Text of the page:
Saturday, 24 November 2007

Brass monkeys and Backache.

It's time to look around the site and see who's busiest.
Is it the gardener with the plot full of overwintering crops or the one with the bare soil?
Surprisingly it's the latter.Now is the perfect time to dig over the bare patches on the plot, the empty beds so the frost can get to the lumps of solid clay and break them down. It is good housekeeping to expose the soil borne pests too, when the frost can nip them and the hungry bird population can feast away on those grubs and crawling nuisances.
It is the constant freeze, thaw, freeze thaw cycle that breaks the clay blocks down to a friable, crumbly texture in time for spring sowing.
Digging is a skill in itself, to be learnt slowly and carefully.Going at it like a bull at a gate will result at best in a stiff body and at worst, permanent back damage. Sloppy digging, just turning over the surface, will do the structure very little good and will provide handy hiding places for the diseases and viruses, pests and such to stay warm and survive until next season.
Take your time, set yourself realistic goals and keep warm. Before you start, warm up, as you should with any exercise. Digging is one the cheapest and most beneficial forms of outdoor exercise you can partake in in the winter.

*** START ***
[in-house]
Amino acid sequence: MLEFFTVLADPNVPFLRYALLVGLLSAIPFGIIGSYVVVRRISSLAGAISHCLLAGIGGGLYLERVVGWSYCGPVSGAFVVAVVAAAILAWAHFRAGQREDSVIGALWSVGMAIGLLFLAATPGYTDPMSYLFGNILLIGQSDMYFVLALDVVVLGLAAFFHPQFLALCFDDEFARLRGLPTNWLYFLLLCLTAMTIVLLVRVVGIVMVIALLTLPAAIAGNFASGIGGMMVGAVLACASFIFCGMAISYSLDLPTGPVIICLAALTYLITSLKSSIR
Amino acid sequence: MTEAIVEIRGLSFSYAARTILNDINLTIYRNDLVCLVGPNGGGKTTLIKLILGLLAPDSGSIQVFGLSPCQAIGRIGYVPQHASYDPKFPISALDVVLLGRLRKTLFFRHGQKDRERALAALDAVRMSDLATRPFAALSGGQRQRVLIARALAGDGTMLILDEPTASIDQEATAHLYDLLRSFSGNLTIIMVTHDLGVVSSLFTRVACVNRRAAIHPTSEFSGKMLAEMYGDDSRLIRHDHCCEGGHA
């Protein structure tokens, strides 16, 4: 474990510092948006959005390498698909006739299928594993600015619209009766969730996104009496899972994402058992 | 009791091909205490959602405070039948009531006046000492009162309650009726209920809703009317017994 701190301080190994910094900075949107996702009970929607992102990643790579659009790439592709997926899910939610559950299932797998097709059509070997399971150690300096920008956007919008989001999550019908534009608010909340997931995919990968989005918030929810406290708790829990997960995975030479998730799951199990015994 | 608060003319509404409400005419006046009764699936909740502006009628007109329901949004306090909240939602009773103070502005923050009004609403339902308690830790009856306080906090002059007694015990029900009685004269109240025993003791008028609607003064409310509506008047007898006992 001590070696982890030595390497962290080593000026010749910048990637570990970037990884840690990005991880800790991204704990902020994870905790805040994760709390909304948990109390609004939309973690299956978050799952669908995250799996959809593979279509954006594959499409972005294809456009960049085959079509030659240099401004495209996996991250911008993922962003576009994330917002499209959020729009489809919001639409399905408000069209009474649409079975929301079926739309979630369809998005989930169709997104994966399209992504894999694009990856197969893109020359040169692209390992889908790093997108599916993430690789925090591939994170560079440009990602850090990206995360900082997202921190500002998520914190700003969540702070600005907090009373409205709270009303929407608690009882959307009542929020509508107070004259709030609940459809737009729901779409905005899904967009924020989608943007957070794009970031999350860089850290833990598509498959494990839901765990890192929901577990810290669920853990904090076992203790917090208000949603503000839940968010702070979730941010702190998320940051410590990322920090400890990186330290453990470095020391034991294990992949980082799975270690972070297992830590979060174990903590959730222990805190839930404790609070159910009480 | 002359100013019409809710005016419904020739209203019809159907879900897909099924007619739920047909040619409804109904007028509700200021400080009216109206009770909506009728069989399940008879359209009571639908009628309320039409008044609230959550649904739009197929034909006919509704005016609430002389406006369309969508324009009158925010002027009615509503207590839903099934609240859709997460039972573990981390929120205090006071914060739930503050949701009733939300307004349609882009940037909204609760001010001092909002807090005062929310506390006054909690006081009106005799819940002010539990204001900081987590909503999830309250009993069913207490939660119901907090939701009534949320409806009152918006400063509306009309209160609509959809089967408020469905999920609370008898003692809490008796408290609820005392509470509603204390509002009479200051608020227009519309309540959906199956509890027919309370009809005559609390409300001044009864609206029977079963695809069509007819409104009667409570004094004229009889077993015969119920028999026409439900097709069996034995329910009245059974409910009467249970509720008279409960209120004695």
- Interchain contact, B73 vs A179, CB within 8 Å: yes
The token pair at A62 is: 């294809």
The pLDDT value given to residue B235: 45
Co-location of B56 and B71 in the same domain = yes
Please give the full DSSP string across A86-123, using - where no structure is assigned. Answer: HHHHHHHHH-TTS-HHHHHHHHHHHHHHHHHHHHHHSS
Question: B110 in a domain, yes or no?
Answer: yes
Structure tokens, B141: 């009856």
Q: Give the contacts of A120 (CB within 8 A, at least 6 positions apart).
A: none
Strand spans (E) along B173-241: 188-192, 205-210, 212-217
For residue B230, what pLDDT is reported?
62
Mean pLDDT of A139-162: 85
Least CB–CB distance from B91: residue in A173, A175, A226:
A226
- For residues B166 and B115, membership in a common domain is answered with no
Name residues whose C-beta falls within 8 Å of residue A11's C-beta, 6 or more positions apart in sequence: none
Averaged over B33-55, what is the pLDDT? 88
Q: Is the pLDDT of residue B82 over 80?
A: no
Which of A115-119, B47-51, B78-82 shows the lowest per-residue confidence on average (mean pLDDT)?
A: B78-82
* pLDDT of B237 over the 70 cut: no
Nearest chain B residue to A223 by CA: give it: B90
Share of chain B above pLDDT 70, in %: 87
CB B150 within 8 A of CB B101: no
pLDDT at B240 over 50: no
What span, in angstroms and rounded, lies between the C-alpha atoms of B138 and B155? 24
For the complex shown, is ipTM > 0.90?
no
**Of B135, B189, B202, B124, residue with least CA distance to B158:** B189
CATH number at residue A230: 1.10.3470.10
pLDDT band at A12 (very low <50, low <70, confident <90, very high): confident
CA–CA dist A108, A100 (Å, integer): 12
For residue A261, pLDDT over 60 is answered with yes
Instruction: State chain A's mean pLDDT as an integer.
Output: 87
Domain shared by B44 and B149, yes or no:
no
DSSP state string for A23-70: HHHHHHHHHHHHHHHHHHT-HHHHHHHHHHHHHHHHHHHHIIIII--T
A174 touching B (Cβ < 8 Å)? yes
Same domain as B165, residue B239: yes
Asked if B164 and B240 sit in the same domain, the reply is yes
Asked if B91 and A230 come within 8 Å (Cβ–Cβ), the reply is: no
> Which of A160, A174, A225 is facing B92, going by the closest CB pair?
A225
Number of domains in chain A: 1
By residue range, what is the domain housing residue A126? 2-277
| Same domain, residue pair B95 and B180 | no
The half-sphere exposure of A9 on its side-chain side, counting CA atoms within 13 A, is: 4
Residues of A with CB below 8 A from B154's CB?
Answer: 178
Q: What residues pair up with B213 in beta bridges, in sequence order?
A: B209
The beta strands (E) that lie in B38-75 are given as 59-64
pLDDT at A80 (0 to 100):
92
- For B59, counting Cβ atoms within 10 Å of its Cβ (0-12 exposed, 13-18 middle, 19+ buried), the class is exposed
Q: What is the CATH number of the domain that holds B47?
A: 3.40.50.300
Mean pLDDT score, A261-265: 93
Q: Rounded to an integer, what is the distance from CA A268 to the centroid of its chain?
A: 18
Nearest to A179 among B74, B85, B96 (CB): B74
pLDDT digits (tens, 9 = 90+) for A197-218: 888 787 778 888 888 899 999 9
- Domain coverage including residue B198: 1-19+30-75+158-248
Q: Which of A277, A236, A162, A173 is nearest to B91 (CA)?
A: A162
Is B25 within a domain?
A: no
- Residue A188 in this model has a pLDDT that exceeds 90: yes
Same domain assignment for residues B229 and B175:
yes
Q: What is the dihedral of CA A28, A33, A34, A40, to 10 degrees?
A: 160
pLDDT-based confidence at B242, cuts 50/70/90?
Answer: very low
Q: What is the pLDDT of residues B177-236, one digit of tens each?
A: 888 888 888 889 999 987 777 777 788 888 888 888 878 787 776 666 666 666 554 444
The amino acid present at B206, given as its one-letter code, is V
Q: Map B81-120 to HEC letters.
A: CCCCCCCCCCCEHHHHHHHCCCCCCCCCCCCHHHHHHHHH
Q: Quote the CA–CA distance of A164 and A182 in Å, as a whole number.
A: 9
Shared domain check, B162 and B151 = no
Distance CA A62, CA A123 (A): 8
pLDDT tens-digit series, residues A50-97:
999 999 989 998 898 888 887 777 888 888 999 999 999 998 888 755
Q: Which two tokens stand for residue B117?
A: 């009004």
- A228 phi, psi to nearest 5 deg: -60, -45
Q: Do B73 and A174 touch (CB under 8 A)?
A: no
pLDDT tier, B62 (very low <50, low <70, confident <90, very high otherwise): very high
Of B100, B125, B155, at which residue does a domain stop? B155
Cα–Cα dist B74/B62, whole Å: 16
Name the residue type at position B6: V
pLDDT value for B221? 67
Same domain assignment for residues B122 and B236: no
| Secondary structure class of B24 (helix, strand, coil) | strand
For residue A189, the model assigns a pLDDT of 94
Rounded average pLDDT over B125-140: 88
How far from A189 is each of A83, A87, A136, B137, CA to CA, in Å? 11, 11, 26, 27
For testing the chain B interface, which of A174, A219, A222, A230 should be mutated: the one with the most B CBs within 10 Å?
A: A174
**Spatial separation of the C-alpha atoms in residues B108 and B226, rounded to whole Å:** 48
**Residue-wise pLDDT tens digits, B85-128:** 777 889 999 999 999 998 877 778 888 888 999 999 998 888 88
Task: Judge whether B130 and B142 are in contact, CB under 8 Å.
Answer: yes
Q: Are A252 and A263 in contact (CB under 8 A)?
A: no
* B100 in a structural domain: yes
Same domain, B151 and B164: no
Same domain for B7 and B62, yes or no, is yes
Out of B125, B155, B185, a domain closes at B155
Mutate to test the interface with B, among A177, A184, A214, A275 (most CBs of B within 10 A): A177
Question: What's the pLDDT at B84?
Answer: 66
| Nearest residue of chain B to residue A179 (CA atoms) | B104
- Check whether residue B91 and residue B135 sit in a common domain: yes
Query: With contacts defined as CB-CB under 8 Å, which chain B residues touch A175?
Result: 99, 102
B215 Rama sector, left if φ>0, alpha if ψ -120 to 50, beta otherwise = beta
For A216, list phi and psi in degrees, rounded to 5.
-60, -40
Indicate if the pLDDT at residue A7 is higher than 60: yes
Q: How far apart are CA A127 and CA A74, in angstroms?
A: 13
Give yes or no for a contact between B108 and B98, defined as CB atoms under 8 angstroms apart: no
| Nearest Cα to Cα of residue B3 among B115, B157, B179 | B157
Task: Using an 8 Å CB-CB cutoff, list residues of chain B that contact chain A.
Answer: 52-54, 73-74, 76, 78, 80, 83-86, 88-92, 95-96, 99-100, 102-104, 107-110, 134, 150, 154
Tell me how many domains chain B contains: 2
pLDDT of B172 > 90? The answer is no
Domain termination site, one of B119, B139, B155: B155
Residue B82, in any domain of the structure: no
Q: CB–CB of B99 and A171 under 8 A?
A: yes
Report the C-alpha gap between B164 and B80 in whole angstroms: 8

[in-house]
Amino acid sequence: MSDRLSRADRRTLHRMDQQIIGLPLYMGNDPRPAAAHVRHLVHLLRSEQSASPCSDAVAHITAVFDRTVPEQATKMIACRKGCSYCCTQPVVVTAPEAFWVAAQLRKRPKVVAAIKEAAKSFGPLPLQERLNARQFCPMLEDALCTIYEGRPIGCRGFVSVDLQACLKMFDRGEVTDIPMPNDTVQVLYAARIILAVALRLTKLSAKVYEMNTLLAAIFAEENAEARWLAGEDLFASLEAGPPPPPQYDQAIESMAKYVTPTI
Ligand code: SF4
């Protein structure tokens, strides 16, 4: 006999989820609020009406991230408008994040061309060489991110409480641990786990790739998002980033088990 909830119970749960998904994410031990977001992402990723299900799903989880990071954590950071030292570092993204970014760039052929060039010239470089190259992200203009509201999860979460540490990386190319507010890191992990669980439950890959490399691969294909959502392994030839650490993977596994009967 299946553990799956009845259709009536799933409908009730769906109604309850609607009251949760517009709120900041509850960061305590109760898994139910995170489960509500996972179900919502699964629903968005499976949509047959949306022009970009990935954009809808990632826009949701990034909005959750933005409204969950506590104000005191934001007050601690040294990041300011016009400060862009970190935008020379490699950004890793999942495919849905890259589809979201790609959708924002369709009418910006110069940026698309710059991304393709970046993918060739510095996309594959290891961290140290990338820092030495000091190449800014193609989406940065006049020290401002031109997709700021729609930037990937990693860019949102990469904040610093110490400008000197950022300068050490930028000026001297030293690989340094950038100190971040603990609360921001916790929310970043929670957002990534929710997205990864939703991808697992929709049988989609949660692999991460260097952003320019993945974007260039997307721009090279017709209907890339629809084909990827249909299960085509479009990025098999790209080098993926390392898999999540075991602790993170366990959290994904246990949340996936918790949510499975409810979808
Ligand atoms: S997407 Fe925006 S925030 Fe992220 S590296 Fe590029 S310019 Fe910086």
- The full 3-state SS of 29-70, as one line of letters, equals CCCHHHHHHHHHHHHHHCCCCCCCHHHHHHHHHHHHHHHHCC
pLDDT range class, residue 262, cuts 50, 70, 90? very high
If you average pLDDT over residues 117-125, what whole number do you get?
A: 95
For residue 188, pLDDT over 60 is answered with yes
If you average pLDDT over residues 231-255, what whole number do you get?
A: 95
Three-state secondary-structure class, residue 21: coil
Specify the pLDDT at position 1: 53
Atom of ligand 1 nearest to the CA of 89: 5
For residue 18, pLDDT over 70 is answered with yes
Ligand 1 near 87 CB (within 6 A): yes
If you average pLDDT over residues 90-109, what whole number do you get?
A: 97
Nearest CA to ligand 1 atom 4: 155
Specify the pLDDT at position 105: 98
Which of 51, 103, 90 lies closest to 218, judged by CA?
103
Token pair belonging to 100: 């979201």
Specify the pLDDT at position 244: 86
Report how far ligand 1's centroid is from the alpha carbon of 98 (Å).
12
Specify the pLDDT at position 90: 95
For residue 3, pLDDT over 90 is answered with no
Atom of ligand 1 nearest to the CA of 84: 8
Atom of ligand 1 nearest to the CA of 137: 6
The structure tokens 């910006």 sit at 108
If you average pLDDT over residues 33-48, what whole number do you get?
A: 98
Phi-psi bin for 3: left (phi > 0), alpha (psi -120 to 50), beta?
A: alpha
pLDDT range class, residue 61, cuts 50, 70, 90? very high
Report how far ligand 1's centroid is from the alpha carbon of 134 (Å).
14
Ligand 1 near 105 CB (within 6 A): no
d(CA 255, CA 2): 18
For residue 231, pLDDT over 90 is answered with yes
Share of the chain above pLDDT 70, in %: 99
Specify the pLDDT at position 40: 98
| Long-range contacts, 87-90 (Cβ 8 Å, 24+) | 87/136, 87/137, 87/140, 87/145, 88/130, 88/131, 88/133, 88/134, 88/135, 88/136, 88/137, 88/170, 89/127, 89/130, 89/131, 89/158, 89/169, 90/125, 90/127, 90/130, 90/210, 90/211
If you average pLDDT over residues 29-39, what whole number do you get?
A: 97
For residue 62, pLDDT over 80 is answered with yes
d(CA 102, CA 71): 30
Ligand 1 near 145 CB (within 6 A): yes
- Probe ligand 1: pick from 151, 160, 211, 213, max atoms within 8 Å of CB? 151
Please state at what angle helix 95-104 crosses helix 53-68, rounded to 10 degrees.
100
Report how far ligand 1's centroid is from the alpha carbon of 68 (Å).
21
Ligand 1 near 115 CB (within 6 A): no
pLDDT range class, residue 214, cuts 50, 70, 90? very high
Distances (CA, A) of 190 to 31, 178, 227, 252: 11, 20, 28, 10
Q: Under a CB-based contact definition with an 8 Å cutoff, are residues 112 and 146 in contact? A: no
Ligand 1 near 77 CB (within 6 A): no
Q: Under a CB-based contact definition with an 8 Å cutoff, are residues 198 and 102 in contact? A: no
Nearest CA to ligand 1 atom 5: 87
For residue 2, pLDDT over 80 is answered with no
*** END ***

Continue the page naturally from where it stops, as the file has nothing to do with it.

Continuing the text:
Mark out an area you think you can manage, halve it and expect to struggle to finish that much on your first attempt.
If you have particularly weedy or un-worked soil, keep a barrow or bucket nearby to toss the roots of any perennial weeds into, trying to avoid breaking up any roots as most weeds can regenerate from the smallest piece. Take regular breaks to straighten up, have a warm drink and review your progress. Don't forget to cool down properly after work as it means the difference between a sense of achievement and a stiff back. Usually, the time it takes to clean and oil your tools before storing them away will be enough to allow your muscles to ease back to normal. If you have a large area to work, take a quick picture before you start the project and take a progress picture every time you stop and pack up. That way, you can see how much you have done and how much nearer you are to the finish. A little self encouragement is always useful.
Just remember, no matter how big a plot you have, it's always best tackled one bite at a time.
This is one job in which there is no prize for finishing first.

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